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Nate Boyer Enjoys A "Pretty Emotional" Seahawks Debut

Nate Boyer, a 34-year-old rookie and former Army Green Beret, made an emotional Seahawks debut Friday night.

More often than not, if people are talking about a long snapper during a football game, it's because something bad happened. In the case of Friday night's preseason opener, however, all five of Nate Boyer's snaps were on the money.

So why bring up something as mundane as five accurate snaps? Because those five routine plays were part of one of the more remarkable stories of the Seahawks' preseason. At 34, Boyer is the oldest player on Seattle's roster, but he's also a rookie. After serving in the Army as a Green Beret, Boyer decided, at age 29, to try to walk on to the football team at Texas despite having never played organized football. After spending a season as a scout-team safety, he saw his chance to actually get on the field in one of the more obscure elements of the game. Texas needed a long-snapper for the 2012 season, so Boyer spent an offseason teaching himself the position while deployed with the National Guard. He won the job, and was able to contribute for three seasons while on scholarship at one of the most storied programs in college football.

For most people, that would be the experience of a lifetime, then it would be time for real life, but Boyer is a dreamer, so he pushed to pursue an NFL career. The Seahawks signed him as an undrafted free agent on the final day of the draft, and while Boyer will have a hard time beating Clint Gresham for the job, he's enjoying every minute of the ride, however far it takes him, while trying to prove to the Seahawks, or some other NFL team, that he can be an NFL long snapper.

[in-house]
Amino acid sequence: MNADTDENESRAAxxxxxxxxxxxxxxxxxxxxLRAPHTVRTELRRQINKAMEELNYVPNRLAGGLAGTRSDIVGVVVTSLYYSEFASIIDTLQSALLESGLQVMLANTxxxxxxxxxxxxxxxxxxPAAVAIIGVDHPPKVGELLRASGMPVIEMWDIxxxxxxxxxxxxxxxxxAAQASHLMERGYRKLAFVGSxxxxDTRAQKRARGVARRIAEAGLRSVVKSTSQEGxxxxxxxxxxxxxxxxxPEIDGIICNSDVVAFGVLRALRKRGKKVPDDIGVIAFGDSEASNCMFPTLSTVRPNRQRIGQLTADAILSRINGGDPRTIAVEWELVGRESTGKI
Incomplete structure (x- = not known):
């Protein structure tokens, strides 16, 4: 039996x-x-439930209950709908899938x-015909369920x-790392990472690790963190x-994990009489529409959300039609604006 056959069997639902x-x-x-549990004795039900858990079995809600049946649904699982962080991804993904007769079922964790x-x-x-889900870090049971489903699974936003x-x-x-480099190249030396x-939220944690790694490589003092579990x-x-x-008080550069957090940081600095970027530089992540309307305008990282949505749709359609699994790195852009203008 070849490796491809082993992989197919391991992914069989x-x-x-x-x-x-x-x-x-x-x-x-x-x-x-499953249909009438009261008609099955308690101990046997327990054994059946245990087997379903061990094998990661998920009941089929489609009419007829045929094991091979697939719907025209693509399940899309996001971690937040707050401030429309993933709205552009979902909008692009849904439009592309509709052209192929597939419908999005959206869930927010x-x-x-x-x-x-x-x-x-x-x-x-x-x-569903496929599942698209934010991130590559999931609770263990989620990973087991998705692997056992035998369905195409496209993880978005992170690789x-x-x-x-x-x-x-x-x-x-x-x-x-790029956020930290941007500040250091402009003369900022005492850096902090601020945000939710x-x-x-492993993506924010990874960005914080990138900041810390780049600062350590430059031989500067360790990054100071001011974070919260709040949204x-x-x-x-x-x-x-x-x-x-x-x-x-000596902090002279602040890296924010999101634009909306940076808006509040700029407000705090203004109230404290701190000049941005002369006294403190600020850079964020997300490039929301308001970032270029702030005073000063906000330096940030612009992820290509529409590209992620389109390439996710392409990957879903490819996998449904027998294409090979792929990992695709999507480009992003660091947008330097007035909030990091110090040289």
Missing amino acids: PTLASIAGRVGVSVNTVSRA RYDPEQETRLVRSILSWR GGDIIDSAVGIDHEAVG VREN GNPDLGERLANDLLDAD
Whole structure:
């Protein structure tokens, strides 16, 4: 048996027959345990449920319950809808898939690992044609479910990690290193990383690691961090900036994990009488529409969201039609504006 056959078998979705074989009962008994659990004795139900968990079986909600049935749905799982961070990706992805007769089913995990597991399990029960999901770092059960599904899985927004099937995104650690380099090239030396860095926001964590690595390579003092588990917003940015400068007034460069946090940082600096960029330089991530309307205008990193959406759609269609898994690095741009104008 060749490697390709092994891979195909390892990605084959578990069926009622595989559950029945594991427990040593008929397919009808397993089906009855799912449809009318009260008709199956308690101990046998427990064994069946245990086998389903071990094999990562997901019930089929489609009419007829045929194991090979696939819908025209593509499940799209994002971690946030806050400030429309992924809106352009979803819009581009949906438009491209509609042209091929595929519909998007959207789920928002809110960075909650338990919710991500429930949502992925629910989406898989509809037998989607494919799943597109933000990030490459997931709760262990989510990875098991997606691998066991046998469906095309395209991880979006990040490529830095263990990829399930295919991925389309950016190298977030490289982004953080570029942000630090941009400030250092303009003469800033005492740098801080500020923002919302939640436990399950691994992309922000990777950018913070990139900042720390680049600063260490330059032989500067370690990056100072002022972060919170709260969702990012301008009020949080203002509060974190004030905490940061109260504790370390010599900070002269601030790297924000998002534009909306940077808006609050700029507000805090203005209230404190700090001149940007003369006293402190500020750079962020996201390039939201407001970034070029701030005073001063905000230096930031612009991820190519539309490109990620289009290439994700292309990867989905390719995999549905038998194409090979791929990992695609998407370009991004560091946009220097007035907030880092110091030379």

"I felt really relaxed," Boyer said. "The first half I didn't play, so the trick there was to try to stay in the flow and not get stiff. When you're 34, you got to keep the wheels greased up. But it was fun. It really was."

Prior to the game, Boyer led the team onto the field carrying an American flag, a moment that meant a lot to him because he knows so many servicemen and servicewomen have been following his story.

"That was cool," he said. "I was actually pretty emotional, just because I always think about my buddies who I fought with, or the ones who are overseas right now. And usually in college you don't stay out there for the National Anthem, so that got to me too. That whole thing. But just knowing how many of those guys were watching, it's really special. It was neat.

Boyer figured there would be nerves when he stood over the ball for the first time after taking over for Gresham in the second half, but instead he felt relaxed. That snap was accurate, as were his next four, and with that, Boyer had made a successful, and importantly for a long snapper, uneventful NFL debut.

"Not really, to be honest," Boyer said when asked if he was nervous. "I thought I would have more nerves. I probably had more nerves just leading up to it. I had more nerves for the first snap of practice than I did for this one. So, less than I thought which is good."

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